When we first walked through the Lucky Cricket space, it was alongside celebrity chef and Minnesota champion Andrew Zimmern. It was also before that infamous Fast Company video was released, bringing with it a storm of controversy. At the time, Zimmern spoke carefully about standing on the shoulders of Chinese chefs and fussed over every ingredient of the dishes as they were plated for photographs. All would be at complete odds with the words he spoke in the video and the reality of this suburban mall restaurant.
Lucky Cricket’s rolling train wreck through the land of publicity comes complete with massive media coverage and a dining room full of rubberneckers. Minneapolis-based writer and soon-to-be critic for the San Fransisco Chronicle Soleil Ho chronicled her dismay with the interview and dining at Lucky Cricket in an essay for Eater and again on Eater’s Upsell podcast. The Growler’s James Norton issued an early review noting bad food like cigarette ash-flavored rice, and ruminated, “The questions that trouble [Lucky Cricket] are existential—what is the real soul of a place created by a man who is a capitalist, storyteller, gourmand, journalist, instigator, and cook?”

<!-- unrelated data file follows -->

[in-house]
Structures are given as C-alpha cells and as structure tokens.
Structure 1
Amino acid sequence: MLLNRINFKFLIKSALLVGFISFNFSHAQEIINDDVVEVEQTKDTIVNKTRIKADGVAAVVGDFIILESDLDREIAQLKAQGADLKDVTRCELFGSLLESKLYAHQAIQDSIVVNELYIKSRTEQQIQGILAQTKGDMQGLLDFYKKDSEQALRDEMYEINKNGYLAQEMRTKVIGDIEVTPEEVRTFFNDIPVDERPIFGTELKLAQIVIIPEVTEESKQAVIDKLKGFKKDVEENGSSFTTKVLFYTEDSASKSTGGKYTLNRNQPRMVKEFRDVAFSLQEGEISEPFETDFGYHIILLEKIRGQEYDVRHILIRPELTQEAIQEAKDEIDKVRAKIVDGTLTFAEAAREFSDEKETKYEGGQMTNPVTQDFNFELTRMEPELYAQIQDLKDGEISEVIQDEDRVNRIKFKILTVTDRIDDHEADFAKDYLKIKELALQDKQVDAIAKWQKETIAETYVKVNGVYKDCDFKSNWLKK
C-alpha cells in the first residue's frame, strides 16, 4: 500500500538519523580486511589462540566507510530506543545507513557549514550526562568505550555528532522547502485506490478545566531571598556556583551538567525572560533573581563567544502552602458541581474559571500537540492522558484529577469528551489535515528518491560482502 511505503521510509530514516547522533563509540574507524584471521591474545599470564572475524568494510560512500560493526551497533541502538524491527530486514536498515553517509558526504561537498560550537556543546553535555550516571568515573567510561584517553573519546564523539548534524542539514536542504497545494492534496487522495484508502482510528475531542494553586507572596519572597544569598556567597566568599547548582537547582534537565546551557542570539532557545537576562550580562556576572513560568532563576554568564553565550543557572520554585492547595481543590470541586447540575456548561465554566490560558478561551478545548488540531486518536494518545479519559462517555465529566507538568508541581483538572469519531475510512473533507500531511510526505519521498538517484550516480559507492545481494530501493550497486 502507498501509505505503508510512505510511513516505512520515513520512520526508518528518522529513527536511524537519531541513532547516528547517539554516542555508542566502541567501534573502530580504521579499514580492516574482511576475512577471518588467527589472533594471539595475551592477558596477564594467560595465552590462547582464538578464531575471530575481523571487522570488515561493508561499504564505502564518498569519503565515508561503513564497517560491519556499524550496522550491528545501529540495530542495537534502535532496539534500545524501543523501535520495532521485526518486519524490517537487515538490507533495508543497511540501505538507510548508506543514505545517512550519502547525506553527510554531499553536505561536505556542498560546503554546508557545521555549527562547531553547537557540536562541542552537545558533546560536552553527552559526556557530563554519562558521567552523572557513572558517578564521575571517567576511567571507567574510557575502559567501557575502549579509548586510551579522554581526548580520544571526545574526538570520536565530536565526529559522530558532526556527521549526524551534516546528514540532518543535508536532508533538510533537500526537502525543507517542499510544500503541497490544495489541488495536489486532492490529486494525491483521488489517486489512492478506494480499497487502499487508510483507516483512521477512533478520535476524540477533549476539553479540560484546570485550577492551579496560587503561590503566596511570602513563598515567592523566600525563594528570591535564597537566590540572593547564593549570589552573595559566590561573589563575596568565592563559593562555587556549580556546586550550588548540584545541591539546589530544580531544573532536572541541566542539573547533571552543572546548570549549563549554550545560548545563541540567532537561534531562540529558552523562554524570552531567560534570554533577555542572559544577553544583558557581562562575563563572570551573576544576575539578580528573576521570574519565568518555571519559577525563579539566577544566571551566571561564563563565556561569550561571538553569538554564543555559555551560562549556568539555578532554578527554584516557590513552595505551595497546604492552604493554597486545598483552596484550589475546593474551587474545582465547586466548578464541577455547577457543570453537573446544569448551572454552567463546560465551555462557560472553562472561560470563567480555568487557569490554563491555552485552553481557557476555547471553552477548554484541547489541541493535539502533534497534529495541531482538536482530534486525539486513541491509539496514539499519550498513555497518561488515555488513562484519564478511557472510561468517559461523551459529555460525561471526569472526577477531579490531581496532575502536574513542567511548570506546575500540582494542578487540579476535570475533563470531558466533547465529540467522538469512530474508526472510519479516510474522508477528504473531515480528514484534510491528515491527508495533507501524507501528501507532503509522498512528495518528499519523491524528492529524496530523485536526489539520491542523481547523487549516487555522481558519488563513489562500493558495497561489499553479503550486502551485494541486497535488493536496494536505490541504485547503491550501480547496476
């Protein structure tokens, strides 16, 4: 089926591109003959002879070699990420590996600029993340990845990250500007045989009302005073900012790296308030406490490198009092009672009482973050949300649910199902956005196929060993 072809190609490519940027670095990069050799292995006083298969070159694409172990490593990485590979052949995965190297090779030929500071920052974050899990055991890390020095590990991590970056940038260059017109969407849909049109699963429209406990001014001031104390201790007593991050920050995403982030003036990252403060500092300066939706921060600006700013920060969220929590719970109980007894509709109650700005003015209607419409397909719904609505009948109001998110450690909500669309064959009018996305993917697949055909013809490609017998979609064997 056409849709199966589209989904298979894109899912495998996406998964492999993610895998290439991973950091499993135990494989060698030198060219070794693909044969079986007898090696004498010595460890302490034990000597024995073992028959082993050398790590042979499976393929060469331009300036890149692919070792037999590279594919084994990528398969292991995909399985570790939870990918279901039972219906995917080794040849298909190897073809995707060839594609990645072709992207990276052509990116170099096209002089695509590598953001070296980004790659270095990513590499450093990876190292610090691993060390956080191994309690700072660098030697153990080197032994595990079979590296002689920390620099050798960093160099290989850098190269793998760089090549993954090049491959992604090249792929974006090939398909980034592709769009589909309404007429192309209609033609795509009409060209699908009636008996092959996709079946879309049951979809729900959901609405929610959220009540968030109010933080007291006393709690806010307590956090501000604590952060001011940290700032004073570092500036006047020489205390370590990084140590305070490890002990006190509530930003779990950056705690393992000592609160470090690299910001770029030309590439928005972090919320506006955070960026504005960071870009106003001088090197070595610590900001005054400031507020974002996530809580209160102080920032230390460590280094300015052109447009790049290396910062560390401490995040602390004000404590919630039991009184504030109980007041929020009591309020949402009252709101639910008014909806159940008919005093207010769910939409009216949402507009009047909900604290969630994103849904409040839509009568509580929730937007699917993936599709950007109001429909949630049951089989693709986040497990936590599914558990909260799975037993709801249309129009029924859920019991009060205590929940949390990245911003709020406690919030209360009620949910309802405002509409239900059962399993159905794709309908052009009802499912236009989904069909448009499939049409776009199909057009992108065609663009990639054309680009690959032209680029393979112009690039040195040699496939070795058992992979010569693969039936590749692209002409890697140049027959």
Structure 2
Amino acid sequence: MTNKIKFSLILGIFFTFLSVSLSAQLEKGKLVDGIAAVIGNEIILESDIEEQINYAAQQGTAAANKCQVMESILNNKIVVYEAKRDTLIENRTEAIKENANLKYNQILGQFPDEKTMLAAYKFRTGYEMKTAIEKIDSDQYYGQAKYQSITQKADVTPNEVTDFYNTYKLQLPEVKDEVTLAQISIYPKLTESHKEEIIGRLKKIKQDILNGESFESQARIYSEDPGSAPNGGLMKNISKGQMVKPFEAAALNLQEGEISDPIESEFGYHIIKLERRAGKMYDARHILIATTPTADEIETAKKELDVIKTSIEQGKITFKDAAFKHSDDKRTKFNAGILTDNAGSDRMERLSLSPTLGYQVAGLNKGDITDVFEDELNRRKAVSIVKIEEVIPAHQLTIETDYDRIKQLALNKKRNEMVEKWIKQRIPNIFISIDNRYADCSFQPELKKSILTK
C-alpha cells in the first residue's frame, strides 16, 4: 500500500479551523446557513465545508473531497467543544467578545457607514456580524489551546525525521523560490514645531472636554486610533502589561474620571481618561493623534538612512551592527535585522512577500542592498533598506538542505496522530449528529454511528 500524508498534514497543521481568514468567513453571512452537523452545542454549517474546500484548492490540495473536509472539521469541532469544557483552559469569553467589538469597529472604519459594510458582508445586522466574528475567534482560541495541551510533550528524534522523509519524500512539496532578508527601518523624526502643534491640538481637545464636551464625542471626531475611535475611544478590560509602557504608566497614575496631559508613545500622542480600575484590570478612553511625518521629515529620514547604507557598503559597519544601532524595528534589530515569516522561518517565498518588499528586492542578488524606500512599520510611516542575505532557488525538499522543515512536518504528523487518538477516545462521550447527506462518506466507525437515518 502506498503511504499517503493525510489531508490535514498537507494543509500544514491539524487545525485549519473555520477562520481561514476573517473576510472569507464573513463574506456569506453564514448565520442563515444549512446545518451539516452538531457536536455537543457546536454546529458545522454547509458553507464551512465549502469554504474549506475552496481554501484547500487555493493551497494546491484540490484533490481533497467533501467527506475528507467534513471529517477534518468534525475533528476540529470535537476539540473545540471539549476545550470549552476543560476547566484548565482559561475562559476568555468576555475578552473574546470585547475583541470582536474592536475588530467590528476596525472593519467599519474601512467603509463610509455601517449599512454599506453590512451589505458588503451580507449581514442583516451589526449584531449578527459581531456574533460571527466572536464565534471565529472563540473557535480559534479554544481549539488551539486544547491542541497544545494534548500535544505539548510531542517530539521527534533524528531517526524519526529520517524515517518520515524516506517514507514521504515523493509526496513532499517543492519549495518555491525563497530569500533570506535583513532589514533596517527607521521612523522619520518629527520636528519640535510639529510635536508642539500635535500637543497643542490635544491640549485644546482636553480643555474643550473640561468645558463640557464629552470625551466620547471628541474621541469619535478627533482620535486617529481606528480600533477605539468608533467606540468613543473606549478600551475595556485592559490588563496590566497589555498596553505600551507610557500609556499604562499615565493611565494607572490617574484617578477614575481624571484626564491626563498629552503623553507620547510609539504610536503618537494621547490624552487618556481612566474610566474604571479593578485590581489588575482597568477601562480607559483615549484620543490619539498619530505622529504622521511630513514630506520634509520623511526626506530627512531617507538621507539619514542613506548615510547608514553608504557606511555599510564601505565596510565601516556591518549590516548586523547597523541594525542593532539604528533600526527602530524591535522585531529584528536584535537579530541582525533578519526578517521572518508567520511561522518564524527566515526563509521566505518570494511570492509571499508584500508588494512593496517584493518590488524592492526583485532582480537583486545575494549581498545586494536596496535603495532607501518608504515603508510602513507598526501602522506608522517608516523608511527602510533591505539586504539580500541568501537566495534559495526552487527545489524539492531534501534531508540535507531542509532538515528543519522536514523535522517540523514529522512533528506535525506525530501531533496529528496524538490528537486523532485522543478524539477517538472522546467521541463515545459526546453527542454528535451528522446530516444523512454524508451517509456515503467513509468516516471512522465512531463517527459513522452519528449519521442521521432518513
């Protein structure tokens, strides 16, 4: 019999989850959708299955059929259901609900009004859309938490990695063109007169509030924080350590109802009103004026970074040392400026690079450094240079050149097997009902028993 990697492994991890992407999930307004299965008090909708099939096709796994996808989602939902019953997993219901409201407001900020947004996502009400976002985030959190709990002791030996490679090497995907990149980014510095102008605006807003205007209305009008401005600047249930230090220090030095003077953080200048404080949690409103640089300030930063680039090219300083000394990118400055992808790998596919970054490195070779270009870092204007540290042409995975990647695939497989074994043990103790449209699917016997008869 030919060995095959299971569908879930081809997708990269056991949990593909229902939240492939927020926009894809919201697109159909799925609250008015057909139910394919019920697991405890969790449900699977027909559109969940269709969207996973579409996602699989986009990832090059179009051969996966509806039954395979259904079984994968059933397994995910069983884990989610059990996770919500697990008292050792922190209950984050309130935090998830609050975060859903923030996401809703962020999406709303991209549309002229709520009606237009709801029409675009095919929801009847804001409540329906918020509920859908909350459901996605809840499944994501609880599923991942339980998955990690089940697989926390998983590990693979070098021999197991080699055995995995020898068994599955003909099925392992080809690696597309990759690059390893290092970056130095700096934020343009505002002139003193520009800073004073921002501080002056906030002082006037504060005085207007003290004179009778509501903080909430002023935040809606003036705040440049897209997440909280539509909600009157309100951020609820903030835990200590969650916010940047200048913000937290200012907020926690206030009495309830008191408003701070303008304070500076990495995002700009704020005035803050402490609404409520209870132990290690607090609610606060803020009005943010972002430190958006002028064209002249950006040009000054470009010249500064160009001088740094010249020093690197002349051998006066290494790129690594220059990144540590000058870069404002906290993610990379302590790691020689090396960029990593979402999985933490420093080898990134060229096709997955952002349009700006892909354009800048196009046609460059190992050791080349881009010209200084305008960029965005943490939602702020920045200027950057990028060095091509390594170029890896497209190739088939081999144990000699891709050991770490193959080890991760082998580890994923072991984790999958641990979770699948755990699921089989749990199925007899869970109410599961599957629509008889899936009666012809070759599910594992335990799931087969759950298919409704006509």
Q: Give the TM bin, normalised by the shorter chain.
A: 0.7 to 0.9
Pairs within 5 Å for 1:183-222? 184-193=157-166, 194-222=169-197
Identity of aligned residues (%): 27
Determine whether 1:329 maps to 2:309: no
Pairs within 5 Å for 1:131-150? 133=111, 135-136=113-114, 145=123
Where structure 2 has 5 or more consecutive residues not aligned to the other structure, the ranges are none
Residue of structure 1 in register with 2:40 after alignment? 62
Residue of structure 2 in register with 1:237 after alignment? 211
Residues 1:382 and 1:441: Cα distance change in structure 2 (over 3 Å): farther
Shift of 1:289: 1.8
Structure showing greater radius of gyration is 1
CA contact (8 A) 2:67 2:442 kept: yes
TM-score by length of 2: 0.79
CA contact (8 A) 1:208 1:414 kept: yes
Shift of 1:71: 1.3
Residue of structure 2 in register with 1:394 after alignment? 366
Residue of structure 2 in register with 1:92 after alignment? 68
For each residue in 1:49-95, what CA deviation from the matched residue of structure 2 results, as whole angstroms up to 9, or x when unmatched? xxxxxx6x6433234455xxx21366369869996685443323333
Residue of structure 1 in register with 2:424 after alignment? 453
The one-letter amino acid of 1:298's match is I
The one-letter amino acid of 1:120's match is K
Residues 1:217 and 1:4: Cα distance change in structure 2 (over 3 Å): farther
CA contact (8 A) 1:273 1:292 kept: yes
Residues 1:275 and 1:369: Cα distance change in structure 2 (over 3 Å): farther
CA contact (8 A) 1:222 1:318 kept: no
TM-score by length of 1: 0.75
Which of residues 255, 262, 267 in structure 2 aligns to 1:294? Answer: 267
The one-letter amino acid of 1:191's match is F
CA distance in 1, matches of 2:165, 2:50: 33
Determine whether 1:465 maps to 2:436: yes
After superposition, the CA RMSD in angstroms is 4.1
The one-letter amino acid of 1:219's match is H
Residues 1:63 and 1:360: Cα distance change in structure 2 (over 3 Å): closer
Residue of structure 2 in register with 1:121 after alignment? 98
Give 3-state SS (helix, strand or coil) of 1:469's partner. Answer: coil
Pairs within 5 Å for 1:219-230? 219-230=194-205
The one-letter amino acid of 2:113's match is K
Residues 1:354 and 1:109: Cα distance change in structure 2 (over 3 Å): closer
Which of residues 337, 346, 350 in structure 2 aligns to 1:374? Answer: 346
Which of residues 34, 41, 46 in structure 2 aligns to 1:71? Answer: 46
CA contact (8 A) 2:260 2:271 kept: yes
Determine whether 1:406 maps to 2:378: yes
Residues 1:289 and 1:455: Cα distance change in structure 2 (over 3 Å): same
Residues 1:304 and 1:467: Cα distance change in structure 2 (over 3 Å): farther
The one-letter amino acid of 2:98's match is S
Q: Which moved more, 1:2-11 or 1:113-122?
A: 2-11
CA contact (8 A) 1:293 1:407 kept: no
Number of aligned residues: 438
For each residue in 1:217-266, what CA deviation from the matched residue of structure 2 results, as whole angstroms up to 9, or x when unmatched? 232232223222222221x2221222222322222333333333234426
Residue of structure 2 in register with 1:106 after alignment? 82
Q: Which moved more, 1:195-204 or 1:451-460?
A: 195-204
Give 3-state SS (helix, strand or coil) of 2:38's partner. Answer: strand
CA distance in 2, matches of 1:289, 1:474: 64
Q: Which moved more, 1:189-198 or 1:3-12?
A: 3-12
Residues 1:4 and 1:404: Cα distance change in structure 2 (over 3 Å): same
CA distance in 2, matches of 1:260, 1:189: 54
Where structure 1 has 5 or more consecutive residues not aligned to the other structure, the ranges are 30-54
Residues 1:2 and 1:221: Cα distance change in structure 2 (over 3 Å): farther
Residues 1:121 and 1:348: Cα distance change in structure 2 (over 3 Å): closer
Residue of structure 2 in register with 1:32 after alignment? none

It’s the difference between the promise and the plate that might be plaguing the almost month-old establishment the most. For example, here is what the shrimp salad looked like with Zimmern and a photographer present.
The dish comprised a mix of lettuce, including watercress and lacinato kale, served with radishes, edible flowers, and fried gluten-free noodles, all dressed in a reduced pineapple dressing and topped with head-on fresh shrimp.
It’s currently served at Lucky Cricket for $18, on the lunch menu, and pictured on the website as this:
However, it’s actually this:
Frozen cocktail shrimp, carrots, lettuce, tomatoes, and noodles are a salad, but clearly not what was being sold to diners.